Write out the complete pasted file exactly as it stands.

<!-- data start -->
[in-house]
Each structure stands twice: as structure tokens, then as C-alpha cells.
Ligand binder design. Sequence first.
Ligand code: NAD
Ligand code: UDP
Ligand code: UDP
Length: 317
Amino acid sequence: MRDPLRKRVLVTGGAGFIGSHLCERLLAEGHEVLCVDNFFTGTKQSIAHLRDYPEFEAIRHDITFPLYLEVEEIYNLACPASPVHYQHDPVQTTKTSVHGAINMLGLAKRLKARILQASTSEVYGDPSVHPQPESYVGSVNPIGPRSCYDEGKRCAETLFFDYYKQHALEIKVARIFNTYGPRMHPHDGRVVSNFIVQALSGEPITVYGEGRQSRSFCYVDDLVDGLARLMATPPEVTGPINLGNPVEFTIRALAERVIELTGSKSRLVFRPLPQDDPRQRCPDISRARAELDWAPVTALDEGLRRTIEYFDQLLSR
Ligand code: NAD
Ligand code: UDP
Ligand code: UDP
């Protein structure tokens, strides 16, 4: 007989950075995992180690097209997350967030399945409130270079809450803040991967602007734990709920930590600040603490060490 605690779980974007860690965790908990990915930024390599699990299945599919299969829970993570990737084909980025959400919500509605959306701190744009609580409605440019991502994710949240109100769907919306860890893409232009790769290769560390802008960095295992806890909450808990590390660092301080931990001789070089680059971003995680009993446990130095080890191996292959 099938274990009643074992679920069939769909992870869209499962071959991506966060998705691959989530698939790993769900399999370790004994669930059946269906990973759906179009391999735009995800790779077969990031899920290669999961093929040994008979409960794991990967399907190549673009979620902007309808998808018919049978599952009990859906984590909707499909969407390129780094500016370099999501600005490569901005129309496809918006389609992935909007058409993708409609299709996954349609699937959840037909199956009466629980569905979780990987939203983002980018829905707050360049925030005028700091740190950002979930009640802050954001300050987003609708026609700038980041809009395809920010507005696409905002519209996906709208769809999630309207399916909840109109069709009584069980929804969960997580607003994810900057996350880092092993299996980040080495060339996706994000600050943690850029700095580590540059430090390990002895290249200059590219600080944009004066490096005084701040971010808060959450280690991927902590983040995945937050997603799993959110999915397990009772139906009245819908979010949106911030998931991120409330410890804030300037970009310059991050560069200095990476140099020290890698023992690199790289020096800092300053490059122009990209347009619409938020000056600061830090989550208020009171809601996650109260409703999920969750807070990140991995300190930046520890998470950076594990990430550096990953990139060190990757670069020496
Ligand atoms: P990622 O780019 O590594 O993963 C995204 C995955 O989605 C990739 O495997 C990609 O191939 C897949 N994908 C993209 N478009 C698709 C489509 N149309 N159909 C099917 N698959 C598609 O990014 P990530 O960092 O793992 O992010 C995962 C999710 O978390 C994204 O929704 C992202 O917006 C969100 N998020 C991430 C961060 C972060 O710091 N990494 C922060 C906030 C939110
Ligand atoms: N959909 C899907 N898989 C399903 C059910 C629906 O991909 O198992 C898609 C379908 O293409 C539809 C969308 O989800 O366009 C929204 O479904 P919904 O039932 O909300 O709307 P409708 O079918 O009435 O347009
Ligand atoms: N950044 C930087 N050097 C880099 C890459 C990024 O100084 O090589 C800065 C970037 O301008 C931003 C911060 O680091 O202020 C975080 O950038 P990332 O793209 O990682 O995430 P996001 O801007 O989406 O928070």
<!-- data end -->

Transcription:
[in-house]
Each structure stands twice: as structure tokens, then as C-alpha cells.
Ligand binder design. Sequence first.
Ligand code: NAD
Ligand code: UDP
Ligand code: UDP
Length: 317
Amino acid sequence: MRDPLRKRVLVTGGAGFIGSHLCERLLAEGHEVLCVDNFFTGTKQSIAHLRDYPEFEAIRHDITFPLYLEVEEIYNLACPASPVHYQHDPVQTTKTSVHGAINMLGLAKRLKARILQASTSEVYGDPSVHPQPESYVGSVNPIGPRSCYDEGKRCAETLFFDYYKQHALEIKVARIFNTYGPRMHPHDGRVVSNFIVQALSGEPITVYGEGRQSRSFCYVDDLVDGLARLMATPPEVTGPINLGNPVEFTIRALAERVIELTGSKSRLVFRPLPQDDPRQRCPDISRARAELDWAPVTALDEGLRRTIEYFDQLLSR
Ligand code: NAD
Ligand code: UDP
Ligand code: UDP
């Protein structure tokens, strides 16, 4: 007989950075995992180690097209997350967030399945409130270079809450803040991967602007734990709920930590600040603490060490 605690779980974007860690965790908990990915930024390599699990299945599919299969829970993570990737084909980025959400919500509605959306701190744009609580409605440019991502994710949240109100769907919306860890893409232009790769290769560390802008960095295992806890909450808990590390660092301080931990001789070089680059971003995680009993446990130095080890191996292959 099938274990009643074992679920069939769909992870869209499962071959991506966060998705691959989530698939790993769900399999370790004994669930059946269906990973759906179009391999735009995800790779077969990031899920290669999961093929040994008979409960794991990967399907190549673009979620902007309808998808018919049978599952009990859906984590909707499909969407390129780094500016370099999501600005490569901005129309496809918006389609992935909007058409993708409609299709996954349609699937959840037909199956009466629980569905979780990987939203983002980018829905707050360049925030005028700091740190950002979930009640802050954001300050987003609708026609700038980041809009395809920010507005696409905002519209996906709208769809999630309207399916909840109109069709009584069980929804969960997580607003994810900057996350880092092993299996980040080495060339996706994000600050943690850029700095580590540059430090390990002895290249200059590219600080944009004066490096005084701040971010808060959450280690991927902590983040995945937050997603799993959110999915397990009772139906009245819908979010949106911030998931991120409330410890804030300037970009310059991050560069200095990476140099020290890698023992690199790289020096800092300053490059122009990209347009619409938020000056600061830090989550208020009171809601996650109260409703999920969750807070990140991995300190930046520890998470950076594990990430550096990953990139060190990757670069020496
Ligand atoms: P990622 O780019 O590594 O993963 C995204 C995955 O989605 C990739 O495997 C990609 O191939 C897949 N994908 C993209 N478009 C698709 C489509 N149309 N159909 C099917 N698959 C598609 O990014 P990530 O960092 O793992 O992010 C995962 C999710 O978390 C994204 O929704 C992202 O917006 C969100 N998020 C991430 C961060 C972060 O710091 N990494 C922060 C906030 C939110
Ligand atoms: N959909 C899907 N898989 C399903 C059910 C629906 O991909 O198992 C898609 C379908 O293409 C539809 C969308 O989800 O366009 C929204 O479904 P919904 O039932 O909300 O709307 P409708 O079918 O009435 O347009
Ligand atoms: N950044 C930087 N050097 C880099 C890459 C990024 O100084 O090589 C800065 C970037 O301008 C931003 C911060 O680091 O202020 C975080 O950038 P990332 O793209 O990682 O995430 P996001 O801007 O989406 O928070």